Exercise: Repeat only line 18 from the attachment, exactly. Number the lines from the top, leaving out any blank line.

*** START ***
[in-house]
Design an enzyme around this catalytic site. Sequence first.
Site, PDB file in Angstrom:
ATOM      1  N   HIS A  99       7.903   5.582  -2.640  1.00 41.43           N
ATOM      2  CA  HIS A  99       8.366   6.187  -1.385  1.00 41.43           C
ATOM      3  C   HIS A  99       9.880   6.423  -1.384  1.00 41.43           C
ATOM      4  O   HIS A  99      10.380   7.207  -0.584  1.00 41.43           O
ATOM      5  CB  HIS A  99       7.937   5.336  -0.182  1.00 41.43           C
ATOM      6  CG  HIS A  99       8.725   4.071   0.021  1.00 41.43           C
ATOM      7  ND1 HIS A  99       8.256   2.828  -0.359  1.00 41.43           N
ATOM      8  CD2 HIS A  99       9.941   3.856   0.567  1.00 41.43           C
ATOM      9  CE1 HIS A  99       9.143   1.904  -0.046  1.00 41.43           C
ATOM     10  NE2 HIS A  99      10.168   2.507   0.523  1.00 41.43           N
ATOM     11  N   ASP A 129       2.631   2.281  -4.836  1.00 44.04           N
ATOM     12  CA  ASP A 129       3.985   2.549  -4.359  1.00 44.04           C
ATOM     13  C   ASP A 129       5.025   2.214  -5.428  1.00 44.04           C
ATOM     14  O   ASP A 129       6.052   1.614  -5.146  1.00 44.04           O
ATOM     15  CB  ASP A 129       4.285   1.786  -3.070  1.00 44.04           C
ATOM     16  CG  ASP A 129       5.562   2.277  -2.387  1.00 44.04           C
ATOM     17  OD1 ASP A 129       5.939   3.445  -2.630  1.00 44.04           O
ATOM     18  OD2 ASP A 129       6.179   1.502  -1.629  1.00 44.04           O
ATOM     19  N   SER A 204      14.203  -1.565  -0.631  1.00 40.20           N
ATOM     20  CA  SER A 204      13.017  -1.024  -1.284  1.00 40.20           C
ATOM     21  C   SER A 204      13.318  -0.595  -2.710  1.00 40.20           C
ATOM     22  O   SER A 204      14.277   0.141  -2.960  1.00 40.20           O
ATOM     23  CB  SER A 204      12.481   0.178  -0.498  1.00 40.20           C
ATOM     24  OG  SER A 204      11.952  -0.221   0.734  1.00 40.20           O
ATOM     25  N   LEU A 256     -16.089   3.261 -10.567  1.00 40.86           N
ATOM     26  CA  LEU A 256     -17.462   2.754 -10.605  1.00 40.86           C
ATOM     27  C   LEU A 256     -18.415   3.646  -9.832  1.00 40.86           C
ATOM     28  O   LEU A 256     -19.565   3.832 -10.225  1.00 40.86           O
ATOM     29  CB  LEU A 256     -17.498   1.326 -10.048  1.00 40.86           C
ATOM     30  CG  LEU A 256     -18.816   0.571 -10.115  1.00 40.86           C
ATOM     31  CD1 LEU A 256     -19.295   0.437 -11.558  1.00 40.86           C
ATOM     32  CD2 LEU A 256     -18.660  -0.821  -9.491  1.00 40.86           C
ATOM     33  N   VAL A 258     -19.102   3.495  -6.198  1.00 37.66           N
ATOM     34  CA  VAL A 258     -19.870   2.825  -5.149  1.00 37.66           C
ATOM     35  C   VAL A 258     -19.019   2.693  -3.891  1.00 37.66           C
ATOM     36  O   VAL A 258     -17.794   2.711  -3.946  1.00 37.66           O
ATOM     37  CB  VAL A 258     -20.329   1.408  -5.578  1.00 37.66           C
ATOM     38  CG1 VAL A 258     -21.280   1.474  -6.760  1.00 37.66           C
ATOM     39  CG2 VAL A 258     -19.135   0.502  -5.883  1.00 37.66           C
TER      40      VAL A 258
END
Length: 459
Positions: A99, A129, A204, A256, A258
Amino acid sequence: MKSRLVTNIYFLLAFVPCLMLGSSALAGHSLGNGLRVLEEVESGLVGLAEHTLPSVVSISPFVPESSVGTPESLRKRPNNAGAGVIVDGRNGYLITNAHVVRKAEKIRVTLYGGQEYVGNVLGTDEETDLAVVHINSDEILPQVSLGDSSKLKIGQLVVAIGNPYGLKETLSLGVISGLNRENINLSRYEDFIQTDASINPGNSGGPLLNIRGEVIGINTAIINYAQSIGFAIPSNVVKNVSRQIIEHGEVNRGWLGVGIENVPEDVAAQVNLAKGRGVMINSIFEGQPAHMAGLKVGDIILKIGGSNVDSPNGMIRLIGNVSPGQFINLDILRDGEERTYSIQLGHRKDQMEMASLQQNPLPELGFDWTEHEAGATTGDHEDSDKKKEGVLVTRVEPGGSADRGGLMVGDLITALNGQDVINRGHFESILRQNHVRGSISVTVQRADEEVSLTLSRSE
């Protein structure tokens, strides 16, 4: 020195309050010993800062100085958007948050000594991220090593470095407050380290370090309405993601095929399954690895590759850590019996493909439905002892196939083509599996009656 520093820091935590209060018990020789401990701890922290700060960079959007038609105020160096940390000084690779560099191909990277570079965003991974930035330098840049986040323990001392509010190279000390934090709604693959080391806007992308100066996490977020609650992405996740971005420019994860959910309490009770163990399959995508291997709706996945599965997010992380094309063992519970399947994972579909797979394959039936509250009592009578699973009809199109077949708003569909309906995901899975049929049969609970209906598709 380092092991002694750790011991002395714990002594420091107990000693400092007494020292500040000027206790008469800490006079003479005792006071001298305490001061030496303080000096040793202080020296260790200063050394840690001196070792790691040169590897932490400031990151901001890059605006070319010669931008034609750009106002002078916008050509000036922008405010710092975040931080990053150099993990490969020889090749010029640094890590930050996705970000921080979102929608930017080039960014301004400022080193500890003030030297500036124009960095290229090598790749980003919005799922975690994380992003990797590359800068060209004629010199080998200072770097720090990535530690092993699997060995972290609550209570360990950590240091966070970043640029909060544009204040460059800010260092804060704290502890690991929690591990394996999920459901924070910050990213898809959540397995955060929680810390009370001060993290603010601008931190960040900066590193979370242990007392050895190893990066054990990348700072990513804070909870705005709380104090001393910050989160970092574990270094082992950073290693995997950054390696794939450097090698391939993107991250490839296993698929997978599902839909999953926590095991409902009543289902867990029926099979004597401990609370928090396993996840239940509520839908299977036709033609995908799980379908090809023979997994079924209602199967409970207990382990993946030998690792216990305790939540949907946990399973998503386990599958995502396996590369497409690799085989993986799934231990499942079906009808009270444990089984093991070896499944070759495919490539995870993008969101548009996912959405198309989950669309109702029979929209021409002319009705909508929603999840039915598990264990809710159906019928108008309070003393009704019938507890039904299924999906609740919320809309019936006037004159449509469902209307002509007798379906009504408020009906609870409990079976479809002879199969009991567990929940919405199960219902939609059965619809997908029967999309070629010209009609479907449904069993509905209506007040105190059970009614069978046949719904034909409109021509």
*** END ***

ATOM     15  CB  ASP A 129       4.285   1.786  -3.070  1.00 44.04           C